2004 — student winner
Marie Arago is a documentary photographer who was born and raised in Northern California. Marie studied film at the Academy of Art in San Francisco and photography at the International Center of Photography in New York. Arago has many years of experience working in the photography industry and has created photography workshop programs in New York and Mexico with the photographer David Alan Harvey as well as a photography program for children in Anguilla in partnership with the Anguillia National Trust. Marie currently lives in Port-au-Prince, Haiti where she works as a freelance photographer and director of FotoKonbit, a non-profit initiative that teaches photography to youth and adults in rural and urban Haiti.
The cities of Miami, Florida and Havana, Cuba are roughly a hundred miles away from each other. Miami shares more characteristics with a Latin American capital than a major American city. Miami-Dade County has the highest population of Cubans outside of Cuba. Isolated from America for over forty years and entering the thirteenth year of what Fidel Castro named "The Special Period," Cuba is an island adrift between communism and capitalism. My project will focus on the new Cuban immigrant, who shares more similarities with other Latin Americans who are motivated to make the journey to the United States by economics, rather than politics. I will document families that are separated because a member has fled Havana to seek a better life in Miami, and how this separation affects the family unit.
Havana is a city that has captured my heart. In Cuba I have seen the human spirit that prevails over a difficult existence. The Cuban people are loving and filled with life. There is so much beauty as you walk the streets, but there is also great tension caused by a country that is struggling to survive an economic crisis. In a country where a doctor's salary is less than that of a taxi driver's, and US dollars are flowing out of tourist's pockets, it is not a surprise that Cubans want to immigrate to the US. The bright promise of the American Dream seems to radiate across the Florida Straight onto the streets of Havana, whispering promises of an easier life.
In January I will be traveling to Cuba for a month on my break from school to photograph seven families. Each family has members who either immigrated to Florida, or are in the process of doing so. I am interested in documenting what gets left behind in Havana and what a person's new life is like in Miami. What happens when Cubans make the trip to Miami, leaving their families behind? How do they manage in Miami? Florida's (federal) minimum wage of $5.15 an hour may sound like a lot of money in Havana, but in America there are many bills that can easily eat an entire paycheck. In Miami I want to explore how an exile feels about living in the United States. Is it everything they have dreamed of? Is it a disappointment? Have they fulfilled their dreams? How has the separation affected everyone involved?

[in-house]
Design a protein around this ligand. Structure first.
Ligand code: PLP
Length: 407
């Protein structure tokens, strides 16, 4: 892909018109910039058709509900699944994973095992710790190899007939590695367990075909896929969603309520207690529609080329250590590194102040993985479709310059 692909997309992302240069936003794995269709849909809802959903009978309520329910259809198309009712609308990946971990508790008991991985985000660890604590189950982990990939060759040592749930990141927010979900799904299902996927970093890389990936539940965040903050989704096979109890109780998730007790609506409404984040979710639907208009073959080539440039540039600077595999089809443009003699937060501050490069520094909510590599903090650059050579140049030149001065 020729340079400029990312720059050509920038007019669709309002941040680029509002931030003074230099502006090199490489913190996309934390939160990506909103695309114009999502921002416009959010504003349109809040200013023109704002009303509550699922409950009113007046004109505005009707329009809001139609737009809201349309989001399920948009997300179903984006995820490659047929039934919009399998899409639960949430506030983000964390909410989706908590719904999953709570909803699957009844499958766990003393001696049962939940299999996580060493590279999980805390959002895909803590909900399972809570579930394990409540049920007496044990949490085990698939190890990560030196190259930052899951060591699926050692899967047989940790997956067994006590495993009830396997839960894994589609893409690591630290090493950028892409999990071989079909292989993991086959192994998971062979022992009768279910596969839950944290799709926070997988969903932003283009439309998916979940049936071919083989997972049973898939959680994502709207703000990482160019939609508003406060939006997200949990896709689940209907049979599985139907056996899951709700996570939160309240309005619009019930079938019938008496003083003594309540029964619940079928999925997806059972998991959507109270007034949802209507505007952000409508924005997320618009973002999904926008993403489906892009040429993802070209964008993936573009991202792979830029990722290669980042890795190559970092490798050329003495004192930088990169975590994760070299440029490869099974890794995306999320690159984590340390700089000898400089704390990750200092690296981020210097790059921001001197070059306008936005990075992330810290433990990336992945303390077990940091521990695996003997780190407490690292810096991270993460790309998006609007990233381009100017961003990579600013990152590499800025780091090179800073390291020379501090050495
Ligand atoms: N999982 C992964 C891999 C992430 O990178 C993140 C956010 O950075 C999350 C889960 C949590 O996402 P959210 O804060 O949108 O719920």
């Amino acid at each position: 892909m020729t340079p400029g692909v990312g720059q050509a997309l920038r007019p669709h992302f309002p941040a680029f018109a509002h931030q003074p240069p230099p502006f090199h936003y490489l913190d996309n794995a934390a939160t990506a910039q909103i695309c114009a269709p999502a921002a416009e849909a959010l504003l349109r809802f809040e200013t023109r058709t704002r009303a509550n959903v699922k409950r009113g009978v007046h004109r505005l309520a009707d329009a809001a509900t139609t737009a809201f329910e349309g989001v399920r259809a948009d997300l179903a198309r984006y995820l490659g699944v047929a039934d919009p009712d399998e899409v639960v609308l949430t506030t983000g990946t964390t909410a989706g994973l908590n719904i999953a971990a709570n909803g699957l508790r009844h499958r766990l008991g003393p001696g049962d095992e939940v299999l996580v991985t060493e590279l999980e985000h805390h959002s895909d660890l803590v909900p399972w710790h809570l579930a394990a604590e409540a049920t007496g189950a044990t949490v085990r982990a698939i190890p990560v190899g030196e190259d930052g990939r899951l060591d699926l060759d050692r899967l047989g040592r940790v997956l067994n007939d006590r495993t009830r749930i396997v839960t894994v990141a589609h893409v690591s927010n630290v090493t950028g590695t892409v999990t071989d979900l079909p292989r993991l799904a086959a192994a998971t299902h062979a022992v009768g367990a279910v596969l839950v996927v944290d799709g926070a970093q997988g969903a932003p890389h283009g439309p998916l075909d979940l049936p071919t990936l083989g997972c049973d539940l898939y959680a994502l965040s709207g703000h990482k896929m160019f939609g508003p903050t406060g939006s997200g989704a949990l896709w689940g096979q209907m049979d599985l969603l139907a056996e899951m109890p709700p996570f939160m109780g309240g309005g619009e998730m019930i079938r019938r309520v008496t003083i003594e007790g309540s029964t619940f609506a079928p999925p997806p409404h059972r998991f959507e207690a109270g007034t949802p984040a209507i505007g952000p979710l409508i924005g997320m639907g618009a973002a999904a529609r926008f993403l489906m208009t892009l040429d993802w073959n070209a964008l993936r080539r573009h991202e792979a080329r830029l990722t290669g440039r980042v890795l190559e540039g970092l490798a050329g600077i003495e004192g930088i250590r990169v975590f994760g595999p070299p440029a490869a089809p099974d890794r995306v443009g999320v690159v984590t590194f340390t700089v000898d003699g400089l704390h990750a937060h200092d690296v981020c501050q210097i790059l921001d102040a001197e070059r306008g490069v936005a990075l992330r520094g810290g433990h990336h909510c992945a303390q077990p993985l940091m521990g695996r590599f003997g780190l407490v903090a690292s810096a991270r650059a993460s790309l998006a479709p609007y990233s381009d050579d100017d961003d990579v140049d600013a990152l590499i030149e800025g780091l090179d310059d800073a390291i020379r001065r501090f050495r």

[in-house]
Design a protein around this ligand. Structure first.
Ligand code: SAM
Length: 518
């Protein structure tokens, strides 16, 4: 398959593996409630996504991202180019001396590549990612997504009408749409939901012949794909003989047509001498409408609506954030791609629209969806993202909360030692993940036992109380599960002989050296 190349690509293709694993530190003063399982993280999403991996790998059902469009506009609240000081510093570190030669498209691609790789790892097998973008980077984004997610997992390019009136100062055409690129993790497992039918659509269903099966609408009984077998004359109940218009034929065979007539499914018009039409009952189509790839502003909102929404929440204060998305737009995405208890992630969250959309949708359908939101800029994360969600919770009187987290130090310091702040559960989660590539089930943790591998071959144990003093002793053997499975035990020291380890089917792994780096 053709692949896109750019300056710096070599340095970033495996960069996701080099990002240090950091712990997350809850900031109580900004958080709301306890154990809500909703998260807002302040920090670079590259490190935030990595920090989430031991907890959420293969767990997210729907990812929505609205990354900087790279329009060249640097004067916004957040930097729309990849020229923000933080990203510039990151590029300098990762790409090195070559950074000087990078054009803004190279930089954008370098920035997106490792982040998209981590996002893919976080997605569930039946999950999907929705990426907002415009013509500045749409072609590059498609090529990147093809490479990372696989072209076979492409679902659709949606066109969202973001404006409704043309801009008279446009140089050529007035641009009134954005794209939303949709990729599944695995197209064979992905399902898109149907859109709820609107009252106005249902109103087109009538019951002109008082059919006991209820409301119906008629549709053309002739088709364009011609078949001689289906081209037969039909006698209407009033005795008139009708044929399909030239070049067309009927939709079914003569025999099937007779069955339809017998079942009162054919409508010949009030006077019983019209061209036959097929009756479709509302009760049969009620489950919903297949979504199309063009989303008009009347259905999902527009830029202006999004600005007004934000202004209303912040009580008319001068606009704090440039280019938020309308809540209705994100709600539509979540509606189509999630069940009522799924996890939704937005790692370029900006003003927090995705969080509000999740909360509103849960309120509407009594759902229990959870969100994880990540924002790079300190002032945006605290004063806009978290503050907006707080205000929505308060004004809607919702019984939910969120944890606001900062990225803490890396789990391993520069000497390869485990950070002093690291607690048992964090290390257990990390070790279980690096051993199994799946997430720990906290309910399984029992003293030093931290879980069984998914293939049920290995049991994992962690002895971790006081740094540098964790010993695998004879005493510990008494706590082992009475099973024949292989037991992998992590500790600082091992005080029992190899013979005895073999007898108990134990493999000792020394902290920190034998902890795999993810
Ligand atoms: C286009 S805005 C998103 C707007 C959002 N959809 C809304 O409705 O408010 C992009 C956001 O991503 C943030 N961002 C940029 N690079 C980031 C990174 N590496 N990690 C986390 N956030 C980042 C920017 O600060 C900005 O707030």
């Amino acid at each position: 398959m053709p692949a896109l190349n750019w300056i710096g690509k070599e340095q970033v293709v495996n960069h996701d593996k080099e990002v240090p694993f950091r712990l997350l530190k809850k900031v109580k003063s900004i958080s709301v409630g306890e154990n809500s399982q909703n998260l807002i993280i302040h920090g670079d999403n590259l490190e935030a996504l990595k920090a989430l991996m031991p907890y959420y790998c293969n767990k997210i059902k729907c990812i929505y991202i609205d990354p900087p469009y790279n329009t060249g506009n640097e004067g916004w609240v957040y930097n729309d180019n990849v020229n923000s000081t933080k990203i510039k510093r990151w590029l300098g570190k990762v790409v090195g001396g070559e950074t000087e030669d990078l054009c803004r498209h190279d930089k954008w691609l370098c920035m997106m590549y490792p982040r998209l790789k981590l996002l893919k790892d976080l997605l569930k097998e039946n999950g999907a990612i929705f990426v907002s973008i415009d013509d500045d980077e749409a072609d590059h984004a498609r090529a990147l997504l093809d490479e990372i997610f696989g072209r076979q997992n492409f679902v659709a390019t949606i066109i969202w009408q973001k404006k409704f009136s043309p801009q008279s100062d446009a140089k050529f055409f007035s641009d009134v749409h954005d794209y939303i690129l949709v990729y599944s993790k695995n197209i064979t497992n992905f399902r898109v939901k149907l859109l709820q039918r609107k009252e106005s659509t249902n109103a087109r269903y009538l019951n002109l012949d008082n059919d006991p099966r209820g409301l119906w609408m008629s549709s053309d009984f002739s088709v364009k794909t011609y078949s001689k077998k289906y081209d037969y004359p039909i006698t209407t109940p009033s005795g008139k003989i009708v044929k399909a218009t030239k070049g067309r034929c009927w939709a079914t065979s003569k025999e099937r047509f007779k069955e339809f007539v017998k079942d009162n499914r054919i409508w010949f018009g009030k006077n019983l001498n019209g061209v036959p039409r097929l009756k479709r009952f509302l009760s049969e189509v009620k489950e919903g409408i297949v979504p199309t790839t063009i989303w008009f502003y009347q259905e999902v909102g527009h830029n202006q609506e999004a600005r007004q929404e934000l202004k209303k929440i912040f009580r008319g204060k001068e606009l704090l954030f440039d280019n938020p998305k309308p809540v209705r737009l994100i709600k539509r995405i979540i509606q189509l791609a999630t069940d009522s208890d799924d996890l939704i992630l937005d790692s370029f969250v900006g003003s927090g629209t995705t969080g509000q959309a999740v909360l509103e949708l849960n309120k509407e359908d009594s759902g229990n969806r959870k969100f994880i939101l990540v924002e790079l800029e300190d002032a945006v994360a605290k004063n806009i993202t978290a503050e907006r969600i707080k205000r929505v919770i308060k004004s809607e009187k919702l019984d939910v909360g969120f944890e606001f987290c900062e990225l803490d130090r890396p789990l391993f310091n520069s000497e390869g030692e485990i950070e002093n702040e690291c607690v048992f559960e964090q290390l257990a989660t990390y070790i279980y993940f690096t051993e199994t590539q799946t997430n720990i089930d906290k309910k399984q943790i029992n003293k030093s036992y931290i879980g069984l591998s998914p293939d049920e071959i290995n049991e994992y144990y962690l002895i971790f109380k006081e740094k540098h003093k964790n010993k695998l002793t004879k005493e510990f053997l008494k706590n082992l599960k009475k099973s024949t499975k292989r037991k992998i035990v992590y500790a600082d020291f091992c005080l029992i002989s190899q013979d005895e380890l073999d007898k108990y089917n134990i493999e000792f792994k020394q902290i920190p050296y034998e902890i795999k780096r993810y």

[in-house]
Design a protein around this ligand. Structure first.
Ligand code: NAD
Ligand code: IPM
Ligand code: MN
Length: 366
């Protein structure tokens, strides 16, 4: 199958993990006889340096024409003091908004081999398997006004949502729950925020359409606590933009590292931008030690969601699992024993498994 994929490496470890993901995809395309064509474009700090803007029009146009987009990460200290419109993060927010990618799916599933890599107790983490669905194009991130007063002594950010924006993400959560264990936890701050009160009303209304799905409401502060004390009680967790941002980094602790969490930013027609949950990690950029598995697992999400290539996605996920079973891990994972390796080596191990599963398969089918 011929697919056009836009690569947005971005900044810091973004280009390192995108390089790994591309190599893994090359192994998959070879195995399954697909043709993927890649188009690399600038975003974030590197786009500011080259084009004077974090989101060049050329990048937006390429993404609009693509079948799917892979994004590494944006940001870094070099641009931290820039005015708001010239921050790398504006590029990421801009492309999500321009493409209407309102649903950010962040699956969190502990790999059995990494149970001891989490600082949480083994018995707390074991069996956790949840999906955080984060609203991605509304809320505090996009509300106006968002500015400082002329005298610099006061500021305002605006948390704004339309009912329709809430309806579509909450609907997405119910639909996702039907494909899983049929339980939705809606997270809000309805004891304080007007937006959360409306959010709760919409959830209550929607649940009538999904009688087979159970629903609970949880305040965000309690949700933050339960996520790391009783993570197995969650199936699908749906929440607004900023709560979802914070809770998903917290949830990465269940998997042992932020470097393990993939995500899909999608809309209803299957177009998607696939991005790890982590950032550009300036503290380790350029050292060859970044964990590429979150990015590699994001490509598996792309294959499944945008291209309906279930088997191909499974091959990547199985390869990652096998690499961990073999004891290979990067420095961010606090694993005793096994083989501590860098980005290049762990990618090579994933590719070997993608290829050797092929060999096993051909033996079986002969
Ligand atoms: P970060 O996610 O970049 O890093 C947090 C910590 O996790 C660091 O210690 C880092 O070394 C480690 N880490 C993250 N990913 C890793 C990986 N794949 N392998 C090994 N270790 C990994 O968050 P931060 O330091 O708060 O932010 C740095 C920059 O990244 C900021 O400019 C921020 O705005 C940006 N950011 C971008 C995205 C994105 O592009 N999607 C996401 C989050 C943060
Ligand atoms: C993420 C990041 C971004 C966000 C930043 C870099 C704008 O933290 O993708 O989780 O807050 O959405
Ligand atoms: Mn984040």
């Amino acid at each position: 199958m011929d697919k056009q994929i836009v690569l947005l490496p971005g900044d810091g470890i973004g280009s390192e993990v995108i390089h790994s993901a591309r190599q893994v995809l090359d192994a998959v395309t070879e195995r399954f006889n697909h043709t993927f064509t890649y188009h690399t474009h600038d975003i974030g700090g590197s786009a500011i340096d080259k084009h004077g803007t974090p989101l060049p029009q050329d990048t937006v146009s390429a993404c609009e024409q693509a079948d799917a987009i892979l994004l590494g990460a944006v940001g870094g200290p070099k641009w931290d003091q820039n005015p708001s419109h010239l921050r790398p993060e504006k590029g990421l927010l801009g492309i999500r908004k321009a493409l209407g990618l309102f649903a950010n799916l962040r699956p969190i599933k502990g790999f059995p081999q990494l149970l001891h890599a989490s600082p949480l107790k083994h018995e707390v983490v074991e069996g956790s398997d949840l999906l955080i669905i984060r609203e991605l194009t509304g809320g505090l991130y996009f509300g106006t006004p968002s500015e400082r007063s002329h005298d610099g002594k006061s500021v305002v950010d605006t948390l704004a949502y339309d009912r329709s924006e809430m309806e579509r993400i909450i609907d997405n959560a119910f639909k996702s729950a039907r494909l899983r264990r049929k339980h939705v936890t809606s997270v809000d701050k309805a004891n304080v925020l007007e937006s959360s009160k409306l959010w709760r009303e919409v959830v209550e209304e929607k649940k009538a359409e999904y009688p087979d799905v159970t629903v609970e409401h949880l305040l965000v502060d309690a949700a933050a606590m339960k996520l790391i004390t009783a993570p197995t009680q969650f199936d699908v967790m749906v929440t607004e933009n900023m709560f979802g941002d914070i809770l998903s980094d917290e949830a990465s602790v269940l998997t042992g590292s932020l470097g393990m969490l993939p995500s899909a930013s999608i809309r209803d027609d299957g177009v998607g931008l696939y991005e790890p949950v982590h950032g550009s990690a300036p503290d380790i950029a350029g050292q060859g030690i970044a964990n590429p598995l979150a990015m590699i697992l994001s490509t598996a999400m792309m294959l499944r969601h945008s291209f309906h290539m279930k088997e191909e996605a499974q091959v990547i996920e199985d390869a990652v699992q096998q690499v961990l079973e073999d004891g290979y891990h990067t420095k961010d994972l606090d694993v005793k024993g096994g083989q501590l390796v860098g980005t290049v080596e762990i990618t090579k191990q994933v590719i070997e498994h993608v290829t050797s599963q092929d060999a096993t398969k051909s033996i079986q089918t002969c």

The following is a description of the seven families that I will be documenting:
• A woman whose husband left her and her son to live in Miami.
• A young man working to save money for his departure who will be leaving his family behind.
• A woman who won the lottery offered by the US Interest Section and left this past December with her son. She was the primary source of income for her two elderly parents.
• A woman who has three sons, two of them in Miami. One is now a "successful" club promoter.
• A man of fifty who will be leaving Cuba with the help of the Jehovah's Witness Church. He wants to earn money to send back to his seventy-eight-year-old mother.
• A man who married an American woman and lives in Miami. He left behind his mother, father and three siblings.
• A woman whose father left Cuba by boat ten years ago to work in Miami.
The description for this grant states that students are encouraged to photograph subjects close to their homes. I am from Northern California and am currently living in New York, but my heart resides in Havana and so, for me, this story is close to home. I am seeking grant funding for the part of the project that will take me to Miami to document the relatives of the seven families that I will be photographing in Havana this January. This project will allow me to explore and express how the US Embargo and Fidel Castro's government have affected the lives of Cubans.